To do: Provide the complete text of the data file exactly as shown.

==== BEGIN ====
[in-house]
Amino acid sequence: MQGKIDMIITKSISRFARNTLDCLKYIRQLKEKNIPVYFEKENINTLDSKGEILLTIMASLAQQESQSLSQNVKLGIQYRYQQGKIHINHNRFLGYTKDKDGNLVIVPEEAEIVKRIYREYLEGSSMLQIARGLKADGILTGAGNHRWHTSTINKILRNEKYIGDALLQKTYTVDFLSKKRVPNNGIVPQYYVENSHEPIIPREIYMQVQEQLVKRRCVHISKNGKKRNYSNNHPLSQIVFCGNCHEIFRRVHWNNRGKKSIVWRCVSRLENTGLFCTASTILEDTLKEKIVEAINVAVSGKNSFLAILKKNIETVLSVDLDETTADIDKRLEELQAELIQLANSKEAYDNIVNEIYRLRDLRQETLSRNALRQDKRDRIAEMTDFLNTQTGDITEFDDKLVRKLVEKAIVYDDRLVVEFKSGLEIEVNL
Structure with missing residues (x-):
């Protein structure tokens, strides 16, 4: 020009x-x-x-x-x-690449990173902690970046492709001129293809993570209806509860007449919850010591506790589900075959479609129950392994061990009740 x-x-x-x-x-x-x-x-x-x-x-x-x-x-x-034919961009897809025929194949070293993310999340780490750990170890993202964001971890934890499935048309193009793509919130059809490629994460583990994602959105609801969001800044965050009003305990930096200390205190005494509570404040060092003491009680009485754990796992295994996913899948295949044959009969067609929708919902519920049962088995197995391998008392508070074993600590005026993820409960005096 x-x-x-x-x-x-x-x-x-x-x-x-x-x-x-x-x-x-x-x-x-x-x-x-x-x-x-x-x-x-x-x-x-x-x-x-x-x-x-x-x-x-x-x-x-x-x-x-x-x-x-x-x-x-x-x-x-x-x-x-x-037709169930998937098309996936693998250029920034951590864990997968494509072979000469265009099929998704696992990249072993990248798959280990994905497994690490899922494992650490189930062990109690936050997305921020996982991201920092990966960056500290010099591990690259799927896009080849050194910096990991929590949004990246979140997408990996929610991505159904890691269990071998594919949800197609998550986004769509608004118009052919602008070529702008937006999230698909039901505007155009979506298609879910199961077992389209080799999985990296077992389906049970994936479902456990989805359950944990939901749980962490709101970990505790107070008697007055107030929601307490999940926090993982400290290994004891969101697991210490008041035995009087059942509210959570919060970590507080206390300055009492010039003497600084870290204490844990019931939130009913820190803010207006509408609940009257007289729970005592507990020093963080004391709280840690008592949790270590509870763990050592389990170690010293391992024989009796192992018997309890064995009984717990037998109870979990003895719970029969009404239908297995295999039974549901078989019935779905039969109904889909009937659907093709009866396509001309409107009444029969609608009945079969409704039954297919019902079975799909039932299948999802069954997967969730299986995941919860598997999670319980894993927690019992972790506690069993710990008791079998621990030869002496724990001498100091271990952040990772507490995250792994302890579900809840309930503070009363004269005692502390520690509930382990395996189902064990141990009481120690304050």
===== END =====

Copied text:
[in-house]
Amino acid sequence: MQGKIDMIITKSISRFARNTLDCLKYIRQLKEKNIPVYFEKENINTLDSKGEILLTIMASLAQQESQSLSQNVKLGIQYRYQQGKIHINHNRFLGYTKDKDGNLVIVPEEAEIVKRIYREYLEGSSMLQIARGLKADGILTGAGNHRWHTSTINKILRNEKYIGDALLQKTYTVDFLSKKRVPNNGIVPQYYVENSHEPIIPREIYMQVQEQLVKRRCVHISKNGKKRNYSNNHPLSQIVFCGNCHEIFRRVHWNNRGKKSIVWRCVSRLENTGLFCTASTILEDTLKEKIVEAINVAVSGKNSFLAILKKNIETVLSVDLDETTADIDKRLEELQAELIQLANSKEAYDNIVNEIYRLRDLRQETLSRNALRQDKRDRIAEMTDFLNTQTGDITEFDDKLVRKLVEKAIVYDDRLVVEFKSGLEIEVNL
Structure with missing residues (x-):
């Protein structure tokens, strides 16, 4: 020009x-x-x-x-x-690449990173902690970046492709001129293809993570209806509860007449919850010591506790589900075959479609129950392994061990009740 x-x-x-x-x-x-x-x-x-x-x-x-x-x-x-034919961009897809025929194949070293993310999340780490750990170890993202964001971890934890499935048309193009793509919130059809490629994460583990994602959105609801969001800044965050009003305990930096200390205190005494509570404040060092003491009680009485754990796992295994996913899948295949044959009969067609929708919902519920049962088995197995391998008392508070074993600590005026993820409960005096 x-x-x-x-x-x-x-x-x-x-x-x-x-x-x-x-x-x-x-x-x-x-x-x-x-x-x-x-x-x-x-x-x-x-x-x-x-x-x-x-x-x-x-x-x-x-x-x-x-x-x-x-x-x-x-x-x-x-x-x-x-037709169930998937098309996936693998250029920034951590864990997968494509072979000469265009099929998704696992990249072993990248798959280990994905497994690490899922494992650490189930062990109690936050997305921020996982991201920092990966960056500290010099591990690259799927896009080849050194910096990991929590949004990246979140997408990996929610991505159904890691269990071998594919949800197609998550986004769509608004118009052919602008070529702008937006999230698909039901505007155009979506298609879910199961077992389209080799999985990296077992389906049970994936479902456990989805359950944990939901749980962490709101970990505790107070008697007055107030929601307490999940926090993982400290290994004891969101697991210490008041035995009087059942509210959570919060970590507080206390300055009492010039003497600084870290204490844990019931939130009913820190803010207006509408609940009257007289729970005592507990020093963080004391709280840690008592949790270590509870763990050592389990170690010293391992024989009796192992018997309890064995009984717990037998109870979990003895719970029969009404239908297995295999039974549901078989019935779905039969109904889909009937659907093709009866396509001309409107009444029969609608009945079969409704039954297919019902079975799909039932299948999802069954997967969730299986995941919860598997999670319980894993927690019992972790506690069993710990008791079998621990030869002496724990001498100091271990952040990772507490995250792994302890579900809840309930503070009363004269005692502390520690509930382990395996189902064990141990009481120690304050």